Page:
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Cell Phones and Brain Cancer: Is There a Link?

July 20, 2011 | Comments: 0 | Views: 137

With the recent announcement by WHO (world health organisation) about the potential dangers of cell phone radiation, we are all naturally concerned, especially those of us who use cell phones regularly and/or who have kids with cell phones. What is safe, we wonder, in terms of use, cell phone type and exposure? Are some cell phones safer than others, and are there ways in which we can limit the dangers by changing our usage patterns?

While the answers are still coming in, there are things we can do to help protect ourselves. These tips come from a variety of sources, including a brain scientist who has recovered from brain cancer (Dr. David Servan-Schreiber - if you have not yet read his book, Anticancer, A New Way of Life go get it! It's an excellent read for anyone wishing to prevent cancer, or already dealing with the health challenges cancer presents). Simultaneously, we are all terrified of cancer but somehow in denial that it will ever touch us personally. It's time we look clearly at the rampart cancer rates of the last decade and take as many steps as we can personally to protect our health.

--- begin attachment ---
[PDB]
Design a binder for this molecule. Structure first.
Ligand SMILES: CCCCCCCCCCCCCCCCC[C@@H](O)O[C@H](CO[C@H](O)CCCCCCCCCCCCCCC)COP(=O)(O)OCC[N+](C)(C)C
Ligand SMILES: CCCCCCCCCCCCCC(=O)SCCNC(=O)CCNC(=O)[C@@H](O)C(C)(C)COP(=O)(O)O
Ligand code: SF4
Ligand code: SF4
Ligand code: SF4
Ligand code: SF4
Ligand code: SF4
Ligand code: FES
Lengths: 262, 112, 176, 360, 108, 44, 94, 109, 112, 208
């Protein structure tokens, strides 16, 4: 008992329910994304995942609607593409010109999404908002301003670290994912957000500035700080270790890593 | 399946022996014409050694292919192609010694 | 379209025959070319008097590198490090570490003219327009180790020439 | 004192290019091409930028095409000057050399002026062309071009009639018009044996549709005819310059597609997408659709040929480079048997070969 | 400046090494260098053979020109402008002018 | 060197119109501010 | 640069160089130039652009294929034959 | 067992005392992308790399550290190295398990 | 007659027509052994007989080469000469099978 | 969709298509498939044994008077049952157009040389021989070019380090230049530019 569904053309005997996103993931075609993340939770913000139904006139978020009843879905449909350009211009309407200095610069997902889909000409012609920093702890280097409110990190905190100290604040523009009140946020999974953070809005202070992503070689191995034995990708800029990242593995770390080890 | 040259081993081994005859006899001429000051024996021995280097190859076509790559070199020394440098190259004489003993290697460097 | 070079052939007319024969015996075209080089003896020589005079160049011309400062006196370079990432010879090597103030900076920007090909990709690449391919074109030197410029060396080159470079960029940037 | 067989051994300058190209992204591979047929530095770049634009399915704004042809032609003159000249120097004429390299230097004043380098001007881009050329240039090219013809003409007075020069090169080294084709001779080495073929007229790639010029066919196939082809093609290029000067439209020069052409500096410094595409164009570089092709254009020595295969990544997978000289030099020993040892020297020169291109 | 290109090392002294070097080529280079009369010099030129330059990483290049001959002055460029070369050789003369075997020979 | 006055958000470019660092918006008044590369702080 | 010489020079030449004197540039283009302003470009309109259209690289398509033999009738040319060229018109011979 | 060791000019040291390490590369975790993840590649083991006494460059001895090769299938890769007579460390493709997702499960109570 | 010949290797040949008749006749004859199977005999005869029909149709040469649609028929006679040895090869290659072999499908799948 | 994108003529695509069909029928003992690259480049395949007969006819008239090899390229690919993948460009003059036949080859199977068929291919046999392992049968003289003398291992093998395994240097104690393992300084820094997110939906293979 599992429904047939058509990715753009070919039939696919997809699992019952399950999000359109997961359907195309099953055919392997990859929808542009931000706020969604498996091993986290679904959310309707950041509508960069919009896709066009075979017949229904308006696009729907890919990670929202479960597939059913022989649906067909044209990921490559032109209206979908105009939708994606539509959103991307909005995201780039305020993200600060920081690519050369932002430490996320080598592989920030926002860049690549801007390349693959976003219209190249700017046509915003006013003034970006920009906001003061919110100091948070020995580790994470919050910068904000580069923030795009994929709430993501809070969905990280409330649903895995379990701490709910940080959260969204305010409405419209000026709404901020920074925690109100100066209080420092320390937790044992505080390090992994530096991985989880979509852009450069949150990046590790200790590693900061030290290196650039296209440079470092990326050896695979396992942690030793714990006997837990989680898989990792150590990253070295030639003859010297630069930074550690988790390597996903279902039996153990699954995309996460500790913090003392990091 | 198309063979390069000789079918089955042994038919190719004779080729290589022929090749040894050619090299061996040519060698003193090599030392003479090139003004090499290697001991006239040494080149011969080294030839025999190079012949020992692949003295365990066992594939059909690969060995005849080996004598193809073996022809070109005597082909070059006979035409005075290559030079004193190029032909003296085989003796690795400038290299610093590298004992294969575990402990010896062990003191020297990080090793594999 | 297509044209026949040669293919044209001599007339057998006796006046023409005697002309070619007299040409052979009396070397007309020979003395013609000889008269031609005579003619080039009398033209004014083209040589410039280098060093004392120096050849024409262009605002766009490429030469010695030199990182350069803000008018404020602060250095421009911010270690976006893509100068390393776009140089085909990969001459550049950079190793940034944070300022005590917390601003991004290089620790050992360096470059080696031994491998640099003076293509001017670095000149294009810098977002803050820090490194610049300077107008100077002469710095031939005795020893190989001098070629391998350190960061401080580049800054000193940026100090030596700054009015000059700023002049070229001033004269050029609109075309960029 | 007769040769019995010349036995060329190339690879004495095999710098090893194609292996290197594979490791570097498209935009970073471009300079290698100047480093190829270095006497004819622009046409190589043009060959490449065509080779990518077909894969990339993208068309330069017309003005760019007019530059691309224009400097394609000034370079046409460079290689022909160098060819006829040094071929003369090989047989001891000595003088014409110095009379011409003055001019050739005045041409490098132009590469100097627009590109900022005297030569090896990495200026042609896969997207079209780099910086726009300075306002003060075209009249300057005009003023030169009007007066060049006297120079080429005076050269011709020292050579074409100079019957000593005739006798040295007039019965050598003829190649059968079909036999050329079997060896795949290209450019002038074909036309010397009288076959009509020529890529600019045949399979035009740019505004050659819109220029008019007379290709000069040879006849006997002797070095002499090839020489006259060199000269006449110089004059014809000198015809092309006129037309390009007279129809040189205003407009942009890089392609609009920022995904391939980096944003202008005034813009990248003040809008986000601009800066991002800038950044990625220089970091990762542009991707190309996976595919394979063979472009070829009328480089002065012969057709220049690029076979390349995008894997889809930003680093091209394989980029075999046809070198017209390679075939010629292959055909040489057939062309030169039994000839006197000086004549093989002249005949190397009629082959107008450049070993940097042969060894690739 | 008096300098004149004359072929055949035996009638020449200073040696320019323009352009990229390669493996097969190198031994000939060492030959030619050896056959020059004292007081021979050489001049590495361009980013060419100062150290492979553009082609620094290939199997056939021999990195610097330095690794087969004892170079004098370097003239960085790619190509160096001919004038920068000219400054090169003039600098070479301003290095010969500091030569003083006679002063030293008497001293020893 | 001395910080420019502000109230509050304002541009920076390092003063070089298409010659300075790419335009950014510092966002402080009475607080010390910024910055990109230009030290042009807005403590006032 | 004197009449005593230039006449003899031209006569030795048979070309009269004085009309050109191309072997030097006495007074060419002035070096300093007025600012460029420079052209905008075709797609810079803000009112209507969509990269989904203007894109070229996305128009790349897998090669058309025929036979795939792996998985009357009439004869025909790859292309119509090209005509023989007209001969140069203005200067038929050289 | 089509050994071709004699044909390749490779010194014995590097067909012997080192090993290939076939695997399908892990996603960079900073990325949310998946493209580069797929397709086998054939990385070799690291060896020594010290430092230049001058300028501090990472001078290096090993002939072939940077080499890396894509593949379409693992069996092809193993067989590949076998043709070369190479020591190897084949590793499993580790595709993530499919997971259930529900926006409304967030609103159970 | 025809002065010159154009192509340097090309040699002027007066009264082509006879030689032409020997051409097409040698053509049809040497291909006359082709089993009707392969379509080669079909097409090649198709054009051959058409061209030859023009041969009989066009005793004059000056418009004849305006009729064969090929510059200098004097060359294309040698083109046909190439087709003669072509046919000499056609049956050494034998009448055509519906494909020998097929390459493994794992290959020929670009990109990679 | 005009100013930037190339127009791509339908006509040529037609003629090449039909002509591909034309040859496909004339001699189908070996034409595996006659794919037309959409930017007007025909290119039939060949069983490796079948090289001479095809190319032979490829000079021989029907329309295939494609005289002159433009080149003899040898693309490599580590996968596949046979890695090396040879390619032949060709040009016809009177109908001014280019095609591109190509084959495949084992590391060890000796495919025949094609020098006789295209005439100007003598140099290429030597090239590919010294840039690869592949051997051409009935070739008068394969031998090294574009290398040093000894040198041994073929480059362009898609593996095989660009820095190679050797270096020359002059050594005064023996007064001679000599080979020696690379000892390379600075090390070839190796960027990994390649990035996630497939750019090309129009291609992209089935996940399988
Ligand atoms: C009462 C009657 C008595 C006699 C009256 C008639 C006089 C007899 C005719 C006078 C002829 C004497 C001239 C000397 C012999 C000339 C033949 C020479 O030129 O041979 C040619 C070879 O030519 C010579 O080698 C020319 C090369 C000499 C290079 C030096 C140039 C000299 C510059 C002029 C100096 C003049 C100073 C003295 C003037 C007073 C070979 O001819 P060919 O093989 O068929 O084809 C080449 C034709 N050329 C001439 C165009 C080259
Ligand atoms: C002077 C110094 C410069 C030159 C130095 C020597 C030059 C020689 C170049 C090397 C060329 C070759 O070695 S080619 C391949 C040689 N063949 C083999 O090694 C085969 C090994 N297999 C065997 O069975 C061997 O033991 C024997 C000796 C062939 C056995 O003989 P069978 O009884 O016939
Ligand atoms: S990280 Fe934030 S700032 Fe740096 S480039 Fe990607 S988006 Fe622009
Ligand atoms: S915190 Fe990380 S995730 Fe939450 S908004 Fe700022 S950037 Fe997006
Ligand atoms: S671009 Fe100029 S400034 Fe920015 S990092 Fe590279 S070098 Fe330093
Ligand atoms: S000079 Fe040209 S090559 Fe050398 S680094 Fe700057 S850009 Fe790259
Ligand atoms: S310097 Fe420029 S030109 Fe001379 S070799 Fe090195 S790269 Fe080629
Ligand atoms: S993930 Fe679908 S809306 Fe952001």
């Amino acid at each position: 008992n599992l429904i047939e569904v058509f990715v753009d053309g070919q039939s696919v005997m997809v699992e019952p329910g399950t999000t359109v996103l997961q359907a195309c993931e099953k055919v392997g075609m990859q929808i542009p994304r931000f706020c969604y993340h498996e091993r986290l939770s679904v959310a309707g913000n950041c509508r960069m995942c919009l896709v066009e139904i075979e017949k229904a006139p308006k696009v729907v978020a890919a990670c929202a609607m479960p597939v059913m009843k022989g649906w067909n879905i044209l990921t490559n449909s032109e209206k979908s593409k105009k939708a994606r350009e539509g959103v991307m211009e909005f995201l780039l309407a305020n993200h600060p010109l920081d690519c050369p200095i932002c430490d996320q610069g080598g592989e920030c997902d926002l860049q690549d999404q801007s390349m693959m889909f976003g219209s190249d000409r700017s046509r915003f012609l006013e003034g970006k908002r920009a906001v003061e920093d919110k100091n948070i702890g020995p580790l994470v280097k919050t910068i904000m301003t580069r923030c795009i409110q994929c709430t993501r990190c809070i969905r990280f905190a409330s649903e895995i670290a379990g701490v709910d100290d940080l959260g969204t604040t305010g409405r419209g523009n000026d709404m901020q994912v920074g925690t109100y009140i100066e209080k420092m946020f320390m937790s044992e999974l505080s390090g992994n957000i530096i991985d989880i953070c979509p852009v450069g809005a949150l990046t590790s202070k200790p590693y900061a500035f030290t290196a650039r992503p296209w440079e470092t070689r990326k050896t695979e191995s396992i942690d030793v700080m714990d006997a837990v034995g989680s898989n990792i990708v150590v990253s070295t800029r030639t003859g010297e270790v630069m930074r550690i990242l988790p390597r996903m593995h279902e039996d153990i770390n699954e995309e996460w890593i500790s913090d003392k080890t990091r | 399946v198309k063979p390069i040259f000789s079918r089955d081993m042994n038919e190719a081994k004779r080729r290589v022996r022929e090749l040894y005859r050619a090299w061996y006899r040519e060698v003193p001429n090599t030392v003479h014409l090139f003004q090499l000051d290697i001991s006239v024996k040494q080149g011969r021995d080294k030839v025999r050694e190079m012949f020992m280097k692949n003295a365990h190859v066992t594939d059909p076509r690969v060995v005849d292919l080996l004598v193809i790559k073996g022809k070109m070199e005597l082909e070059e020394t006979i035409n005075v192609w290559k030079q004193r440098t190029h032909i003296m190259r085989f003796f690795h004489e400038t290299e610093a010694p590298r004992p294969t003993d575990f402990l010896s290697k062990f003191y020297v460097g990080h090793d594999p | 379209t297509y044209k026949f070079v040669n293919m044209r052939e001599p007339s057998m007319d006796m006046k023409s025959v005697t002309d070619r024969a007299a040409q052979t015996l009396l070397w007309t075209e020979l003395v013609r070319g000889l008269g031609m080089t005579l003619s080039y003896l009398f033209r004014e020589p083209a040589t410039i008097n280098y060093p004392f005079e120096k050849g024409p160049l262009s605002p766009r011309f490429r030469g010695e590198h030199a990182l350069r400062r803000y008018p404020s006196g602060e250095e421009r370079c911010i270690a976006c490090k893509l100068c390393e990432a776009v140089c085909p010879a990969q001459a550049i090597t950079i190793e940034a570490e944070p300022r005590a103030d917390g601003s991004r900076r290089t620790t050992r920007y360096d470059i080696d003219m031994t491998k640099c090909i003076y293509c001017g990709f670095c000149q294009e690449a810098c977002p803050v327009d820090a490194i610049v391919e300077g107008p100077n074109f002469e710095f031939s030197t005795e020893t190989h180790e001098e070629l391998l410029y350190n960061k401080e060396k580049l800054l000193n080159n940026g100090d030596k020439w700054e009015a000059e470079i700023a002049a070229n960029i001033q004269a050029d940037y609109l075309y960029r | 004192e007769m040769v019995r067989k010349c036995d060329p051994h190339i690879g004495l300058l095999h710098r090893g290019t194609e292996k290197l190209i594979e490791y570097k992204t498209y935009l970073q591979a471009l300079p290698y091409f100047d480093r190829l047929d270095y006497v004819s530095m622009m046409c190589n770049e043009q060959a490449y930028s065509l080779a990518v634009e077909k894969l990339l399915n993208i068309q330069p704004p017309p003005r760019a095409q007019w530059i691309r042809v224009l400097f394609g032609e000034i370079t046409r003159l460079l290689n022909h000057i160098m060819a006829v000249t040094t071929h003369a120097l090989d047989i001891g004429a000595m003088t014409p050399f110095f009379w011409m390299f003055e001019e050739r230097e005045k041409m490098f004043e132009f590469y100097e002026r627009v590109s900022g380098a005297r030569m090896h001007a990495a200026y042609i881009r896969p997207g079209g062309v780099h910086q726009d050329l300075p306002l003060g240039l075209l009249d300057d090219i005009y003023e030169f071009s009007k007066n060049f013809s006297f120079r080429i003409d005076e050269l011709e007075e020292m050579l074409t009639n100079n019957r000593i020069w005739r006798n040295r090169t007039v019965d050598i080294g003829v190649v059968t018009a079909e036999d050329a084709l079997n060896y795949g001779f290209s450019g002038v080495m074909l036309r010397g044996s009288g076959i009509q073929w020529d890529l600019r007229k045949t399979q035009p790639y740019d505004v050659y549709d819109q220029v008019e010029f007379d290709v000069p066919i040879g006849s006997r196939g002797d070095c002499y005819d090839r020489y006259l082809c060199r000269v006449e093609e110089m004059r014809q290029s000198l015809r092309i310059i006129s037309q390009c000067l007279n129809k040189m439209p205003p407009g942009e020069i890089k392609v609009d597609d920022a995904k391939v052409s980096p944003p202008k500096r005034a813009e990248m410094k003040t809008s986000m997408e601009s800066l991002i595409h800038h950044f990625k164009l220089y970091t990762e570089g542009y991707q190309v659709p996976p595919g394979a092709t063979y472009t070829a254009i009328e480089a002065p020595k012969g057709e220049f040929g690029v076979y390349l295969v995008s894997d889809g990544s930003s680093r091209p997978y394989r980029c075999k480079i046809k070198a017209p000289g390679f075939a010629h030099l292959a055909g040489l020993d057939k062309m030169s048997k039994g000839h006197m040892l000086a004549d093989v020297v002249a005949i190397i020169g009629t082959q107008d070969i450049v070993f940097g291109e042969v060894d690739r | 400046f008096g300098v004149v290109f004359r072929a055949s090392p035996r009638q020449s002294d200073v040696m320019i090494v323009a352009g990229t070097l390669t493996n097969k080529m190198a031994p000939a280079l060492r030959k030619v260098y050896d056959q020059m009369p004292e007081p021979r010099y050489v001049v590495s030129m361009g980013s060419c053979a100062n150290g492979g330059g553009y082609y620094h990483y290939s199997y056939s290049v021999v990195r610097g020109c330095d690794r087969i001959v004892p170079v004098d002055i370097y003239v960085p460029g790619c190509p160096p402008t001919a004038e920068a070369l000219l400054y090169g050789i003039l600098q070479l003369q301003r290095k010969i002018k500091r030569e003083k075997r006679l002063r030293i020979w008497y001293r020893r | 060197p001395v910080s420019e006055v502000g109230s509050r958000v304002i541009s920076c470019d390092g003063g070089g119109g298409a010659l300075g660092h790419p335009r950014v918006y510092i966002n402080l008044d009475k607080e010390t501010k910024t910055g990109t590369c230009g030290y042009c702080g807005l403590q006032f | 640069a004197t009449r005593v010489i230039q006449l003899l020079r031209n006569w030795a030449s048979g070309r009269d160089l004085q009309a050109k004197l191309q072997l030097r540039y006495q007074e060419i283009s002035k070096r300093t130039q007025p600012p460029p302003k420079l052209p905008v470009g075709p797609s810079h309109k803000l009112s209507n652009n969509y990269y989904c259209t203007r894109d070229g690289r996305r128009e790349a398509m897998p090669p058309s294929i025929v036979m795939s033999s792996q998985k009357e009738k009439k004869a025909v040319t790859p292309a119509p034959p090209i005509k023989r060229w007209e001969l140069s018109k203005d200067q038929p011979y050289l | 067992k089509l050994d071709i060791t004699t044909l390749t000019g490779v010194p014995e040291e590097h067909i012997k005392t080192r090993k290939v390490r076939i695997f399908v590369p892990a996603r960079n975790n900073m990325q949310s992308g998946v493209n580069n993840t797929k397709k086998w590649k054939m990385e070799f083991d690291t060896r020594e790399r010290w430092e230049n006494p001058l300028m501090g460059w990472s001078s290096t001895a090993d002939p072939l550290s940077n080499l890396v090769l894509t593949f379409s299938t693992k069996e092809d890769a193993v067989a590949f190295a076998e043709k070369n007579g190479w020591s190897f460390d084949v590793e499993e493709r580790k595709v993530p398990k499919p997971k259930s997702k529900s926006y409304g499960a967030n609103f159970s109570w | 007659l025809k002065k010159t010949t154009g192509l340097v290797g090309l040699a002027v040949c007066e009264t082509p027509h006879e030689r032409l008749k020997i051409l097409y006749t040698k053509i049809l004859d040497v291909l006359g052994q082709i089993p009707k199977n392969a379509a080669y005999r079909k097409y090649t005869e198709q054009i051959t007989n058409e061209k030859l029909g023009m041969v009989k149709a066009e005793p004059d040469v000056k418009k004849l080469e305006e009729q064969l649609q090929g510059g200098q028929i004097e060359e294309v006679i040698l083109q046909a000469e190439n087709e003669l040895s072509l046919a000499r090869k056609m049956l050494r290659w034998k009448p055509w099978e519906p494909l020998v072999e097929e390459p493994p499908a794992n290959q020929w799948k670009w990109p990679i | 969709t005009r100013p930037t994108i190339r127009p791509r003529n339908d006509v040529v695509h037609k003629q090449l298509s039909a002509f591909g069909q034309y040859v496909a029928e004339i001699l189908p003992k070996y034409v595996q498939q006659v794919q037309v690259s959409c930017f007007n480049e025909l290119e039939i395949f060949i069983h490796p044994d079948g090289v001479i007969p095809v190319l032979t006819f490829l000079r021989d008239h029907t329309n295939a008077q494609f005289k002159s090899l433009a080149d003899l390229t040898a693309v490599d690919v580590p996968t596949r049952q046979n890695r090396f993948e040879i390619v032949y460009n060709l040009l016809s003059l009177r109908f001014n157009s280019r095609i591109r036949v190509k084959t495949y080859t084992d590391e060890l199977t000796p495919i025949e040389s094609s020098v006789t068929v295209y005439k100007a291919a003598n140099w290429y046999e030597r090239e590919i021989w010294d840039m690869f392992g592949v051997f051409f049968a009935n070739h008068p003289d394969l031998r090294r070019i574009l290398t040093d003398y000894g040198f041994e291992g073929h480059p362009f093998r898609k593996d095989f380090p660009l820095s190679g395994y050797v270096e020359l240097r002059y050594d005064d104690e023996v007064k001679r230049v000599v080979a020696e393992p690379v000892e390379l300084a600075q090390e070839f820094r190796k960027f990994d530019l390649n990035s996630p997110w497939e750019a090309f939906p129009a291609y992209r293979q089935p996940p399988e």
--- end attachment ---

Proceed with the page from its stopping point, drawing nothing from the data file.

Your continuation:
When it comes to this health issue, we are all exposed to radiation in varying degrees, even those of us who do not have a cell phone. In North America, unless you live in the remote wilds and are completely off the grid, you're likely affected, even if from cell towers and criss-crossing signals in the air. Experts are telling us that cordless phones pose similar risks, and it s only as more studies come to completion that the alarming statistics are becoming available. Nonetheless, mobile phones and smart phones are here to stay, so let's do what we can given that reality.

For one thing, most mobile phone manufacturers now offer a protection rating on their phones, as consumers become increasingly aware and concerned. Ask your provider about your specific phone and be sure to check the rating of any phone you buy. Other tips include using a headset rather than putting the phone directly to your ear when talking, and leaving the phone away from your wear until someone answers; according to experts the signal is stronger when the phone is ringing, before it connects. The signal is also stronger when you are between cell towers, so if the connection is bad hang up and try later when it's safer. For children and teens with developing brains, limit cell phone use and if anything, encourage texting over speaking (who ever thought anyone would say that?).

Shauna writes about cell phone safety at her cell phones students website. You can also find out more about brain health at her health and vitamin site. Take your own health seriously and be your own health advocate, so you can live the best life possible and have the vitality to achieve your dreams!

Source: EzineArticles
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